In July this year, the Constitutional Court overturned the Ombudsman’s findings that President Cyril Ramaphosa had acted illegally in various respects regarding donations made to his CR17 election campaign. Indeed, the President was under no obligation under the Code of Ethics for Members of the Executive (the Code), adopted under the Ethics of Members of the Executive Act 1998, to disclose such donations because, according to the court, he did not personally benefit from these donations.
The current Code requires disclosure of gifts, sponsorships or benefits received by a member of the executive in a private capacity. Accordingly, any donation to an internal party campaign in favor of a member of the executive does not have to be disclosed, as long as the campaign exists as its own legal entity separate from the member concerned (such as the CR17 campaign ).
The amaBhungane Center for Investigative Journalism has now successfully challenged this aspect of the Code. In a judgment written by Presiding Judge Dunstan Mlambo, Judge Keoagile Matojane and Judge Raylene Keightley, it was confirmed that the High Court had previously dismissed amaBhungane’s challenge only “on technical grounds”.
These technical grounds were each overturned by the Constitutional Court in July, and the High Court was therefore required to determine the merits of amaBhungane’s constitutional challenge to the Code.
AmaBhungane did not seek any redress against the president, nor did he seek to argue that the president was wrong to maintain, as he did in his successful request for a review of the Québec Ombudsman’s conclusions. against him, that the Code did not require disclosure of donations. made to the CR17 campaign because these donations were not made to him personally but rather to a political campaign.
What amaBhungane requested, however, was a statement that the Code was unconstitutional in that it did not require members of the executive branch to disclose donations made in support of their internal political campaigns. amaBhungane argued that, in the interest of openness, transparency and accountability, the public should have the right to know who has donated to executive branch campaigns, especially when such campaigns are successful. finally to the accession of the member to a high public office. AmaBhungane’s challenge to the Code was therefore intended to ensure that private funds were not used to unduly influence elected officials to public office, that power could not be “bought” through secret campaign donations and that politicians were not unable to use the civil service to favor those who fund their campaigns in the dark.
The president objected to amaBhungane’s challenge to the Code, arguing that no amendment was necessary because the Code already requires disclosure of donations from which executive members derive personal benefit and most donations from campaigning for internal party elections would constitute a “personal benefit”, which could be disclosed under the Code.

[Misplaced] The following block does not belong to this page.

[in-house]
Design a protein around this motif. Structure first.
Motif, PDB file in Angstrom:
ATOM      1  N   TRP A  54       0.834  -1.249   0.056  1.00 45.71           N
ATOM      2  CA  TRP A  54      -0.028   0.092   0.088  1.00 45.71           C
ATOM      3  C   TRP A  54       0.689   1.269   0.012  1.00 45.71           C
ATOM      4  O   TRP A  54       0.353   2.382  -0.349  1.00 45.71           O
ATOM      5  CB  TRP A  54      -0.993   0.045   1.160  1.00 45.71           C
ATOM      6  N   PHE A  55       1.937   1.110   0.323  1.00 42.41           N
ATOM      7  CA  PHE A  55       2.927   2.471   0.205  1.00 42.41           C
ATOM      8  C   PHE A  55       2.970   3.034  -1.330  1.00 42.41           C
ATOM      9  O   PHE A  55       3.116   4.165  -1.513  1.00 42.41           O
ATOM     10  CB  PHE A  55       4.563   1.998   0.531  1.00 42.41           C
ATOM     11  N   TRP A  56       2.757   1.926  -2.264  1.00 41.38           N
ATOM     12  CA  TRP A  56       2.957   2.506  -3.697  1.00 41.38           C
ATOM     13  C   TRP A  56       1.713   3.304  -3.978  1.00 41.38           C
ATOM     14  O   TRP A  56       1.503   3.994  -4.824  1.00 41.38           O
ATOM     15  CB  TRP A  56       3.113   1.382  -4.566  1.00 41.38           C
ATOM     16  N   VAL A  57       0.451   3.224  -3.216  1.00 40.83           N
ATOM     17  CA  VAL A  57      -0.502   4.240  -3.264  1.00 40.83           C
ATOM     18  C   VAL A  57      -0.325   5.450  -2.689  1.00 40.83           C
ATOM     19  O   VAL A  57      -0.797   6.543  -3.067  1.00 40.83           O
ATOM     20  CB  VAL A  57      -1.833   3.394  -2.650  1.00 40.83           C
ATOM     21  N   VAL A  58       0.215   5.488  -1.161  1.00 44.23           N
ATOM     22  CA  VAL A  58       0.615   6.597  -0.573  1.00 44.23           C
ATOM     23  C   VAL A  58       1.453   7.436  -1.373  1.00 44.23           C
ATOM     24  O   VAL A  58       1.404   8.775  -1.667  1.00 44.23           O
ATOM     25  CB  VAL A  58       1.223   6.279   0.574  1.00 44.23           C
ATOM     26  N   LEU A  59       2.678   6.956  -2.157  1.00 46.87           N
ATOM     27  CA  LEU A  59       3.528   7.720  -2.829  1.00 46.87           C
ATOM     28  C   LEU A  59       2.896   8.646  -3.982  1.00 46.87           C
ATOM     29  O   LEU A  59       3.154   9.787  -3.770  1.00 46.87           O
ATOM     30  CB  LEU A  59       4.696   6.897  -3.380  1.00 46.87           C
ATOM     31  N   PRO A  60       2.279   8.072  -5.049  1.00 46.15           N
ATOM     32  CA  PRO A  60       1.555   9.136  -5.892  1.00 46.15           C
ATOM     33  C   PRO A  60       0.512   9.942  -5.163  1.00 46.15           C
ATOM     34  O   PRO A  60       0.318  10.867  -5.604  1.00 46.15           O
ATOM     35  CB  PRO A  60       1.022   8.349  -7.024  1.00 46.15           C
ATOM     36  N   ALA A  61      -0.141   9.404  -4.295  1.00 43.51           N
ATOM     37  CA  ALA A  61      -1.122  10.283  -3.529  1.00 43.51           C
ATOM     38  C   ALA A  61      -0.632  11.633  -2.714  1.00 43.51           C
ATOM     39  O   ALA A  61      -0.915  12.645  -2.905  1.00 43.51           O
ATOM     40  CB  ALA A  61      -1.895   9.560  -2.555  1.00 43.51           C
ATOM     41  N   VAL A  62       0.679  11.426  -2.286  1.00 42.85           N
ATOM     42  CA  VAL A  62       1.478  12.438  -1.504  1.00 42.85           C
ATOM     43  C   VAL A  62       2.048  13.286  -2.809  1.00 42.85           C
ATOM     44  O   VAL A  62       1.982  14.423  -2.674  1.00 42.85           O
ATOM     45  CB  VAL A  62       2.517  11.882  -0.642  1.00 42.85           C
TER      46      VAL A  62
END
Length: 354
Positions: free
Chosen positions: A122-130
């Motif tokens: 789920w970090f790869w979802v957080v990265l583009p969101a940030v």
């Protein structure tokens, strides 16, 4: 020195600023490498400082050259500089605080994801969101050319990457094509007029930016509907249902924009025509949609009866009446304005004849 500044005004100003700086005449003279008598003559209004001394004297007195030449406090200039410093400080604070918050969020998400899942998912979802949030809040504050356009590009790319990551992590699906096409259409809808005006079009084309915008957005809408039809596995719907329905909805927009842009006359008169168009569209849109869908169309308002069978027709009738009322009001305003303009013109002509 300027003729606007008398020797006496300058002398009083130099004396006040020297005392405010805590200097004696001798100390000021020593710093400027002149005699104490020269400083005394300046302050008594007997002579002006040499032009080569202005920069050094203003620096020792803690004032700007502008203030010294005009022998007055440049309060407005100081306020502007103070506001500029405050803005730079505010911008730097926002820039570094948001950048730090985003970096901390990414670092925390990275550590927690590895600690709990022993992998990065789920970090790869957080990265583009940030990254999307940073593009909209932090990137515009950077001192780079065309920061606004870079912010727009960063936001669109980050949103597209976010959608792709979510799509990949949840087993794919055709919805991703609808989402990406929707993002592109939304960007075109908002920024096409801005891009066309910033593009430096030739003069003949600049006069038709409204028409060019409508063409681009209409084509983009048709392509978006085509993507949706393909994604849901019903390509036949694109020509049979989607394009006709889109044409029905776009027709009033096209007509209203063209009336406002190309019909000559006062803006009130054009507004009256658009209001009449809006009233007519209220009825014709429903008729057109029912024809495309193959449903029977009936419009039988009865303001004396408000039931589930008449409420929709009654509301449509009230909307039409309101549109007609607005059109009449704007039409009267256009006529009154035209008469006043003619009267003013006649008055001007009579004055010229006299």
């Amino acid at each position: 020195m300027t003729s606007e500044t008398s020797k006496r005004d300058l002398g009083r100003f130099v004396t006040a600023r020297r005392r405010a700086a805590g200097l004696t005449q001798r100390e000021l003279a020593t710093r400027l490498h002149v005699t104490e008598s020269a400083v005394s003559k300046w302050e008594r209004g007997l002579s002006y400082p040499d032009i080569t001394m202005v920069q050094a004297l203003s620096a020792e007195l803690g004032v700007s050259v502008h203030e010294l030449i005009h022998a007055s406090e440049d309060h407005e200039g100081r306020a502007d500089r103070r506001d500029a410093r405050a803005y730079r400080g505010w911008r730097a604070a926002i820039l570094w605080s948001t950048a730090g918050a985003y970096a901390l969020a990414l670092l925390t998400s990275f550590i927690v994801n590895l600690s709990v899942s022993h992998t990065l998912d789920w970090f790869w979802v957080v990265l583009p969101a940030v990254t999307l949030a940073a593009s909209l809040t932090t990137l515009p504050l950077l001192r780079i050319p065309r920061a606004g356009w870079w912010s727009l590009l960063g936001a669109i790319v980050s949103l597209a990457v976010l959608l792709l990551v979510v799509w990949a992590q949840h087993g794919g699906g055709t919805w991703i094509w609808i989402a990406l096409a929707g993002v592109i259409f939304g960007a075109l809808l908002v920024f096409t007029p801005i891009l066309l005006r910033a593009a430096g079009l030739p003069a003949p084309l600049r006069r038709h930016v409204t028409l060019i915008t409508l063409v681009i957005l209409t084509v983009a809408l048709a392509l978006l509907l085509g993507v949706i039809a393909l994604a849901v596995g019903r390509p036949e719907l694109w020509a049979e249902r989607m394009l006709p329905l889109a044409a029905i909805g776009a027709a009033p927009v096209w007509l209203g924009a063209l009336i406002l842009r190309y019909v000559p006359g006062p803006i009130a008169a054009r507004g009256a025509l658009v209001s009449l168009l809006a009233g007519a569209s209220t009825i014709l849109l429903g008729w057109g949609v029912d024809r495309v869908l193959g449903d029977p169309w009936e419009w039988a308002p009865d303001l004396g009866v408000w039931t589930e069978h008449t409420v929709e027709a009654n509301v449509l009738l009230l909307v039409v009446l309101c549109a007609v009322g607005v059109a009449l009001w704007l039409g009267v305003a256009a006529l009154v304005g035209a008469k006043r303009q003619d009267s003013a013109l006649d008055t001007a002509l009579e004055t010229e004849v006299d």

The tribunal de grande instance, however, considered that:
“[A]As it stands, we know that the Code requires disclosure of internal campaign funding of political parties by Members if it is of personal benefit. What MPs and the public do not know for sure, however, is what constitutes a personal benefit beyond the obvious case where the money is given directly to or made available to the MP.
The High Court upheld amaBhungane’s argument that article 96 of the Constitution requires a code of ethics for members of the executive branch that preserves the risk of conflict between a member’s official responsibilities and private interests and that an effective way to achieve this is to require disclosure of campaign fundraising donations:
“The only way to effectively achieve the constitutional goals of accountable, transparent and open government, and to ensure that Members do not run the risk of a conflict between their official responsibilities and their private interests, is for the Code to clearly state That Members are required in all cases to disclose internal campaign donations received from members of the public. It is through this disclosure required by Members of Parliament that the constitutional right of the public to information and their right to engage in political activities are promoted and respected.
Due to the shortcomings of the Code, the High Court ruled that the Code is unconstitutional, illegal and invalid in that it does not require the disclosure of donations made to political campaigns for positions in political parties. Parliament has 12 months to correct this flaw. AmaBhungane must now apply to the Constitutional Court to confirm the statements of the High Court on the unconstitutionality of the Code.
High Court ruling is landmark victory in fight against covert capture of executive members – members must now disclose all political campaign donations in support of their election to party positions and can no longer keep these donations a secret from the public.
Greater transparency regarding the private funding of politicians can only offer better protection against undue private influence on public officials and deter politicians from serving the interests of their private donors to the detriment of the public. DM
Dario Milo is a partner and Lavanya Pillay is a senior partner at Webber Wentzel. They represented amaBhungane in the litigation.